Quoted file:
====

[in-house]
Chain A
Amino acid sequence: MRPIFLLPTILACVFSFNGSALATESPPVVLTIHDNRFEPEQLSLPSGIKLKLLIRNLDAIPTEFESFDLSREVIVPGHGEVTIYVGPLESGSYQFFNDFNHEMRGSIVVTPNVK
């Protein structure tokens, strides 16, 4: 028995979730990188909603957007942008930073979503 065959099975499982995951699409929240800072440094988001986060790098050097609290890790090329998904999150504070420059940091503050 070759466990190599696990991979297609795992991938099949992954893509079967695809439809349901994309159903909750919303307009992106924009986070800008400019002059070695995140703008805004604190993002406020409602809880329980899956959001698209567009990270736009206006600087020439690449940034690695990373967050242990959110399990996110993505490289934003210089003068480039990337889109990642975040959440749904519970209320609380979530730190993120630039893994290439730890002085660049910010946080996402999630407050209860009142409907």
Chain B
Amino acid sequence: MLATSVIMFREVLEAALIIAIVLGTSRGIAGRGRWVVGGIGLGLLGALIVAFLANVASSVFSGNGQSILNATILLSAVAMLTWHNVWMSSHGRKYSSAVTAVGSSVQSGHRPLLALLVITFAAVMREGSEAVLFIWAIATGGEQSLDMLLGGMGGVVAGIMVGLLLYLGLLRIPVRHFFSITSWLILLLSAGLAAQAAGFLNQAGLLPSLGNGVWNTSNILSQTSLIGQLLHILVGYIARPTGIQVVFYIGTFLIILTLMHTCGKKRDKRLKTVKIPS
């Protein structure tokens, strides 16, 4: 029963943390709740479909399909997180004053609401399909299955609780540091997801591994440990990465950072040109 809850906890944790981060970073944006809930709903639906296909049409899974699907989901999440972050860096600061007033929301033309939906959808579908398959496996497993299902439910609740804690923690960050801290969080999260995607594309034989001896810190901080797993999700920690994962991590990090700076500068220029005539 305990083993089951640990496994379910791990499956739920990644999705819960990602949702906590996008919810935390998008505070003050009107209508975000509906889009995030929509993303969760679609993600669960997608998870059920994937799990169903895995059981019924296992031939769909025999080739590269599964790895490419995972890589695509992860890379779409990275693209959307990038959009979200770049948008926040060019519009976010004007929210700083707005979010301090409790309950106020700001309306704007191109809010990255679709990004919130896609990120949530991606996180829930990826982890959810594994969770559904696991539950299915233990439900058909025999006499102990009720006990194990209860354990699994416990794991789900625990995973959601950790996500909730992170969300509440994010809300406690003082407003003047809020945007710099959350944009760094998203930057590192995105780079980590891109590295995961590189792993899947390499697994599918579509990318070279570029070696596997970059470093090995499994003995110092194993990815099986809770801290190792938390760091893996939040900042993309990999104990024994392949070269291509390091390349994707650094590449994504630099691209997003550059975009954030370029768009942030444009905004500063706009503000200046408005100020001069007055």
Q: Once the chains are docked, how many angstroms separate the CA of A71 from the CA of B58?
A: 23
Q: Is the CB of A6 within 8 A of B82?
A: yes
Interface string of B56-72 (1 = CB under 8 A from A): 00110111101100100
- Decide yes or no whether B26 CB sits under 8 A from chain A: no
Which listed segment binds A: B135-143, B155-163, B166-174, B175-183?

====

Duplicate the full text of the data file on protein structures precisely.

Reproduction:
[in-house]
Chain A
Amino acid sequence: MRPIFLLPTILACVFSFNGSALATESPPVVLTIHDNRFEPEQLSLPSGIKLKLLIRNLDAIPTEFESFDLSREVIVPGHGEVTIYVGPLESGSYQFFNDFNHEMRGSIVVTPNVK
């Protein structure tokens, strides 16, 4: 028995979730990188909603957007942008930073979503 065959099975499982995951699409929240800072440094988001986060790098050097609290890790090329998904999150504070420059940091503050 070759466990190599696990991979297609795992991938099949992954893509079967695809439809349901994309159903909750919303307009992106924009986070800008400019002059070695995140703008805004604190993002406020409602809880329980899956959001698209567009990270736009206006600087020439690449940034690695990373967050242990959110399990996110993505490289934003210089003068480039990337889109990642975040959440749904519970209320609380979530730190993120630039893994290439730890002085660049910010946080996402999630407050209860009142409907």
Chain B
Amino acid sequence: MLATSVIMFREVLEAALIIAIVLGTSRGIAGRGRWVVGGIGLGLLGALIVAFLANVASSVFSGNGQSILNATILLSAVAMLTWHNVWMSSHGRKYSSAVTAVGSSVQSGHRPLLALLVITFAAVMREGSEAVLFIWAIATGGEQSLDMLLGGMGGVVAGIMVGLLLYLGLLRIPVRHFFSITSWLILLLSAGLAAQAAGFLNQAGLLPSLGNGVWNTSNILSQTSLIGQLLHILVGYIARPTGIQVVFYIGTFLIILTLMHTCGKKRDKRLKTVKIPS
């Protein structure tokens, strides 16, 4: 029963943390709740479909399909997180004053609401399909299955609780540091997801591994440990990465950072040109 809850906890944790981060970073944006809930709903639906296909049409899974699907989901999440972050860096600061007033929301033309939906959808579908398959496996497993299902439910609740804690923690960050801290969080999260995607594309034989001896810190901080797993999700920690994962991590990090700076500068220029005539 305990083993089951640990496994379910791990499956739920990644999705819960990602949702906590996008919810935390998008505070003050009107209508975000509906889009995030929509993303969760679609993600669960997608998870059920994937799990169903895995059981019924296992031939769909025999080739590269599964790895490419995972890589695509992860890379779409990275693209959307990038959009979200770049948008926040060019519009976010004007929210700083707005979010301090409790309950106020700001309306704007191109809010990255679709990004919130896609990120949530991606996180829930990826982890959810594994969770559904696991539950299915233990439900058909025999006499102990009720006990194990209860354990699994416990794991789900625990995973959601950790996500909730992170969300509440994010809300406690003082407003003047809020945007710099959350944009760094998203930057590192995105780079980590891109590295995961590189792993899947390499697994599918579509990318070279570029070696596997970059470093090995499994003995110092194993990815099986809770801290190792938390760091893996939040900042993309990999104990024994392949070269291509390091390349994707650094590449994504630099691209997003550059975009954030370029768009942030444009905004500063706009503000200046408005100020001069007055």
Q: Once the chains are docked, how many angstroms separate the CA of A71 from the CA of B58?
A: 23
Q: Is the CB of A6 within 8 A of B82?
A: yes
Interface string of B56-72 (1 = CB under 8 A from A): 00110111101100100
- Decide yes or no whether B26 CB sits under 8 A from chain A: no
Which listed segment binds A: B135-143, B155-163, B166-174, B175-183?